Logan Ryan and Duron Harmon are second-year defensive backs, who like McCourty, were drafted out of Rutgers as corners. Harmon could be joining McCourty in making a switch to safety soon.
Nickel corner Kyle Arrington and returning safety Patrick Chung are veterans familiar with the Patriot system. Alfonzo Dennard is a third-year corner talent who still needs to prove that he's consistently reliable on and off the field. While Dennard was absent during OTAs and minicamp, Safety Tavon Wilson showed glimpses of playmaking that made him a second-round pick out of Illinois in 2012.
That's a lot of different personalities and talent to mesh, and all of them look up to McCourty. Now, it's McCourty's time to lead them, including Revis and Browner.
I asked McCourty Wednesday if he's shares that same sentiment and perspective.
"Yeah, somewhat," he began. "I try to take some leadership role and with some new guys back there and some younger guys, I try to make sure that my experience is felt throughout the secondary just from being here for so long now where myself, Kyle [Arrington], two guys that have been here for a good amount of time. We can step up and help guys out, get guys in the right position.
"I think that's key when you're trying to develop a good secondary, is have guys that go out there and try to line people up and get everybody set. I think that can be a key to our success and especially early in the season when guys are still learning, still seeing some things for the first time. When you have some guys that have seen some things and seen a good amount of football in this defense, it's key. You can help guys out and get them right."
Get them right. That's exactly what Belichick is looking for as a leader in the film room and on the practice field. It's why McCourty became a trusted team captain in just his second season. It's a title he held for the '11 and '12 seasons before not being tabbed for the honor before last season. Injuries to Vince Wilfork and Jerod Mayo left a void of on-field leadership and McCourty was reinstated as a captain in October.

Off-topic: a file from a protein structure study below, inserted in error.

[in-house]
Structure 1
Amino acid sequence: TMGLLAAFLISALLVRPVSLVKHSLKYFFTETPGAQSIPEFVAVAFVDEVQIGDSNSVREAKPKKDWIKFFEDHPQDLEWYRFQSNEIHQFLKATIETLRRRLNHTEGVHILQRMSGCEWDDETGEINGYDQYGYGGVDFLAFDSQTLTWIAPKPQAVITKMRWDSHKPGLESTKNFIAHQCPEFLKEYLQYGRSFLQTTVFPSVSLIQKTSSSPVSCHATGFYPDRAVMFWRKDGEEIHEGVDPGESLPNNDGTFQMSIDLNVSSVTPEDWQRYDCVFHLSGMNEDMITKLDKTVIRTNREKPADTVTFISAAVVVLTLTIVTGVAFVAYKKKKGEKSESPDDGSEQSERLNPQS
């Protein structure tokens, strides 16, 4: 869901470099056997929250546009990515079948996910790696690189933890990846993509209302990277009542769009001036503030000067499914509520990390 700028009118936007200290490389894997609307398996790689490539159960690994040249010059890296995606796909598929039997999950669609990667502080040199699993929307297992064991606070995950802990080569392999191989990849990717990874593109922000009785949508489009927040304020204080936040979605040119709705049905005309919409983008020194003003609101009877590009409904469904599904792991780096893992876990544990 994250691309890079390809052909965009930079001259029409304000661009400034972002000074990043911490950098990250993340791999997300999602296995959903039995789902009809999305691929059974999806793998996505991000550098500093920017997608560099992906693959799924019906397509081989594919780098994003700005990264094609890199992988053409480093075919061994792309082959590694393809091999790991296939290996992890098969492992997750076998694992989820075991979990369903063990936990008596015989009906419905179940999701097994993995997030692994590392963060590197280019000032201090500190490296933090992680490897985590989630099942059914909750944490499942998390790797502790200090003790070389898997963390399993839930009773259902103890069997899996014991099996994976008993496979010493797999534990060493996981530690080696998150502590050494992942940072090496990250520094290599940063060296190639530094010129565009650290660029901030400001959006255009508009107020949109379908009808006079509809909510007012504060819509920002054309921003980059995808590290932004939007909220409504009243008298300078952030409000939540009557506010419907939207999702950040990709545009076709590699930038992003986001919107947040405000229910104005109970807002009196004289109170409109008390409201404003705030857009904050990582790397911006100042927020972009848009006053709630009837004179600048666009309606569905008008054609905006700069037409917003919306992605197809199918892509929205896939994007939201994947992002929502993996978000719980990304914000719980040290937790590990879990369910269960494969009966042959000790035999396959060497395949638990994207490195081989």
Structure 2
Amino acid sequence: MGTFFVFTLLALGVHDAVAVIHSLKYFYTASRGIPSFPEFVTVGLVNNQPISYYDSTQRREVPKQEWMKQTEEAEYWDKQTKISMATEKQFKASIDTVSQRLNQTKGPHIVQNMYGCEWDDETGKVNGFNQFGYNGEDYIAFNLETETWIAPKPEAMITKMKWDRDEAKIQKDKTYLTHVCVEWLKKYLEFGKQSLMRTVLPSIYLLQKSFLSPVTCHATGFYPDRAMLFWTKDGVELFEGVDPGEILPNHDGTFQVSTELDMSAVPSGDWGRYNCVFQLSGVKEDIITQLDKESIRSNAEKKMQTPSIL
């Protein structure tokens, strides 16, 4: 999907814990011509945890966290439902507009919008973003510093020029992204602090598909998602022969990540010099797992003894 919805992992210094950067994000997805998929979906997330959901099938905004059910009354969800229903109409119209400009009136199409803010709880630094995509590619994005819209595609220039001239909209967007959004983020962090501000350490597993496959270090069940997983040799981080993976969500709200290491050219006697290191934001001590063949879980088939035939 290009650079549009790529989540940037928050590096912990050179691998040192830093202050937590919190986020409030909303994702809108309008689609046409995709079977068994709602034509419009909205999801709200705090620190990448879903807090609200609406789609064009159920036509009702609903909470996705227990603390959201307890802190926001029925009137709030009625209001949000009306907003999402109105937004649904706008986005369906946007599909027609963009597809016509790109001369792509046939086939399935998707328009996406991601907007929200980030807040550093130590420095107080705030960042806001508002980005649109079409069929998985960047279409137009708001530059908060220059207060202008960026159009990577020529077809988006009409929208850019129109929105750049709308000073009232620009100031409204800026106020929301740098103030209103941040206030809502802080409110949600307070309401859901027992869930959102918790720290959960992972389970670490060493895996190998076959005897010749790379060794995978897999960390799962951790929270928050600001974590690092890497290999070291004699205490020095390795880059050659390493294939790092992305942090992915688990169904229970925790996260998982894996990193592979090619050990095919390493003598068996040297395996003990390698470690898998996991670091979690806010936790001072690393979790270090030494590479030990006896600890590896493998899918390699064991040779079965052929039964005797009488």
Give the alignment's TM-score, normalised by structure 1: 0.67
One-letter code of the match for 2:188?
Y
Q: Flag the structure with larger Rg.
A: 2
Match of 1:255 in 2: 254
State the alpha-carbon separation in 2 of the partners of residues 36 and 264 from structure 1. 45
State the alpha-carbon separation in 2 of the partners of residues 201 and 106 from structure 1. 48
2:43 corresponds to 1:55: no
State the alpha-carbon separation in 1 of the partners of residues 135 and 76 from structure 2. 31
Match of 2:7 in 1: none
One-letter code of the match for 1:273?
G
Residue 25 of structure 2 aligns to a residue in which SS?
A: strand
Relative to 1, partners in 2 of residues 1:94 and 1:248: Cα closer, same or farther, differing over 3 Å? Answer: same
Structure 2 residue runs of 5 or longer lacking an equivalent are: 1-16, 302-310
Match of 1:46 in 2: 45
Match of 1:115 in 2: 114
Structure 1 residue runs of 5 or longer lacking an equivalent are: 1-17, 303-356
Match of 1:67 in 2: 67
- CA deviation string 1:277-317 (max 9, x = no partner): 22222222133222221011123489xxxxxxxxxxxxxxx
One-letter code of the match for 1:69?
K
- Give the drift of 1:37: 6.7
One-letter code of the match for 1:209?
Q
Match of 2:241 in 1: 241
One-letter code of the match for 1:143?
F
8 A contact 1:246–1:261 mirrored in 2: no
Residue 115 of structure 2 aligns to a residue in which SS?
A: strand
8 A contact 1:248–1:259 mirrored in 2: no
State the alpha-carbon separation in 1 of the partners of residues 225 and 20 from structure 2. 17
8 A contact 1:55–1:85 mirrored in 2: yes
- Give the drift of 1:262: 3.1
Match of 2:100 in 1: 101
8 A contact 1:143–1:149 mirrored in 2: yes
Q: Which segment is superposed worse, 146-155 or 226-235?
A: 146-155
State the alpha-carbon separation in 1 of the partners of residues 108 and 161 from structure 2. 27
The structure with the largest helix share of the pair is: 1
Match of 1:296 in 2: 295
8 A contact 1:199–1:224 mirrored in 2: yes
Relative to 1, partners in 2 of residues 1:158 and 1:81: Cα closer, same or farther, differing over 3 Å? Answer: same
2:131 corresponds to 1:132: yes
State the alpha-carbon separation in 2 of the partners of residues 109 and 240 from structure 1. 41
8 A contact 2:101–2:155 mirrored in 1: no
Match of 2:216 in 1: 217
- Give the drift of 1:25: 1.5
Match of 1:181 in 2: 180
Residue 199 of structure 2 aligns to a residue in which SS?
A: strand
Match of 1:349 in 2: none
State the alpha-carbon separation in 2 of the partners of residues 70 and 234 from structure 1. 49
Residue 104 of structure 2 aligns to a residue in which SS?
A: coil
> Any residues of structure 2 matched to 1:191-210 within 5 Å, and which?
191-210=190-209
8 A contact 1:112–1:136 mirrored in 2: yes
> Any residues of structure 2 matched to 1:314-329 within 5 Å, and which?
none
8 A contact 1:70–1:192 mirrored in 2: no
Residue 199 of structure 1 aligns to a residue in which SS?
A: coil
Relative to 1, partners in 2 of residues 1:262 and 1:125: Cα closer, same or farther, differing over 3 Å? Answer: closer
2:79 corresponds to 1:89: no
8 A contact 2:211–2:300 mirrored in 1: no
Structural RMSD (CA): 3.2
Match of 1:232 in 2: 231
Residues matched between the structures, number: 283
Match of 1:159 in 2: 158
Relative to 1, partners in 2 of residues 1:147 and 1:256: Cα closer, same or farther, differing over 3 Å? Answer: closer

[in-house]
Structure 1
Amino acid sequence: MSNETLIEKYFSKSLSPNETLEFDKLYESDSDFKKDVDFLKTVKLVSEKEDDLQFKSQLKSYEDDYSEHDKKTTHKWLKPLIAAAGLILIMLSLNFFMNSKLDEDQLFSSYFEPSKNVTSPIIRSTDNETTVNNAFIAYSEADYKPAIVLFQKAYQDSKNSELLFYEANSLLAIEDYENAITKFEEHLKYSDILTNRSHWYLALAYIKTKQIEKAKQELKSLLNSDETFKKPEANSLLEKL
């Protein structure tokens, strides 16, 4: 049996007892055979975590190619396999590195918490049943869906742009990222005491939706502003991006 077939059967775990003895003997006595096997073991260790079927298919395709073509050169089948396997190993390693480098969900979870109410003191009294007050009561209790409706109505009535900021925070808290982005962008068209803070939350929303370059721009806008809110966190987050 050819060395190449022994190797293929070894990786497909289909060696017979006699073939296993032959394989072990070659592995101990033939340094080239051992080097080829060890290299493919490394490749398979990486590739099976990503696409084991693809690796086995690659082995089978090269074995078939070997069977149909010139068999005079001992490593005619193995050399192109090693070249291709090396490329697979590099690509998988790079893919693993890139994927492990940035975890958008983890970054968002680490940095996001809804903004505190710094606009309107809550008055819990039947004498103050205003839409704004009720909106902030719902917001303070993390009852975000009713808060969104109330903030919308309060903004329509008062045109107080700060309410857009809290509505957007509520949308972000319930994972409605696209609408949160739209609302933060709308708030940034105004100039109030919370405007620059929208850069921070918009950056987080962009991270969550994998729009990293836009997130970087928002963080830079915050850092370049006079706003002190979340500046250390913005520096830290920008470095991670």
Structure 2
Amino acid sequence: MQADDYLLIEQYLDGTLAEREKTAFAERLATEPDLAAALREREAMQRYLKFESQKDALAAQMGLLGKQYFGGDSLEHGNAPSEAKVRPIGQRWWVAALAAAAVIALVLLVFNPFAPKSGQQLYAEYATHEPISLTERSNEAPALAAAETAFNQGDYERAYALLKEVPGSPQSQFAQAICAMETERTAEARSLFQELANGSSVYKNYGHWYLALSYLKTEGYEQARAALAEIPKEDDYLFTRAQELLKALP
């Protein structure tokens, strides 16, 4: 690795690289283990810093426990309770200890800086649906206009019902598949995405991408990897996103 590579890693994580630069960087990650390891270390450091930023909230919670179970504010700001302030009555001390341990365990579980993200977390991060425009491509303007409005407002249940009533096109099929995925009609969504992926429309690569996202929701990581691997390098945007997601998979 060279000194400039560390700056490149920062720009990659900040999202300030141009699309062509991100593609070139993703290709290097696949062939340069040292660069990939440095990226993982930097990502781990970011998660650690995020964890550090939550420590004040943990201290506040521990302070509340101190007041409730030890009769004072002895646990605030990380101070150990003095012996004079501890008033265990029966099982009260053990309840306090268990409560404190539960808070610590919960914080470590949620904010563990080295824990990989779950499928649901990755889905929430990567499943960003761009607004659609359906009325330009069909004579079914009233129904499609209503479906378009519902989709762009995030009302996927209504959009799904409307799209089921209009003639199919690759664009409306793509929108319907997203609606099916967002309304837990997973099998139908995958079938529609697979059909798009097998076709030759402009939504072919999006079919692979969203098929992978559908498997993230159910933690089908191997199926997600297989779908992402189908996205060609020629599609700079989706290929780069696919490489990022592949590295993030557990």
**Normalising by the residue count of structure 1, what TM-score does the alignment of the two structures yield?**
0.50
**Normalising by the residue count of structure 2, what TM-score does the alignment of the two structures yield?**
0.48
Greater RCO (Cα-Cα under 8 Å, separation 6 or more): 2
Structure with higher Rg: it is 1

McCourty is a natural leader. Ask anyone that has ever worked with McCourty in the film room and they will tell you he speaks up at the right time, all the time.
"He gets everyone on the same page," Aqib Talib said late last season as the Patriots secondary was evolving into playoff form. "He knows where everyone needs to be as good as anybody and we listen to him."
"Just be vocal," McCourty said Wednesday. "Try to help guys, whether it's on the field or off the field, when we come in and watch film, even when we are installing some things, putting it in. Just try to give a guy a heads up of what we could see out there. But a lot of times it's just the work that we have to put in, whether it's in the film room or on the practice field.
"Sometimes there's really no way to speed it up; it just has to get done the old-fashion way at practice working hard and honestly this time of year, just working hard through mistakes. Mistakes are going to happen. Sometimes it's just the repetition, keep doing it and it gets better over time."
So has McCourty. He has not become the ball hawk that he showed in his rookie season when he had seven interceptions. As a matter of fact, he only had one last season. But his value goes far beyond that. Last season, he was voted to the second-team All-Pro squad in his first full season as safety.
He's being asked to do much more than just cover receivers. He's being asked to quarterback a secondary that has the potential to be as deep and talented as any the Patriots have ever had under Belichick. At only 26, he figures to be the leader of that talented group for the foreseeable future. Now all the Patriots have to do is sign him.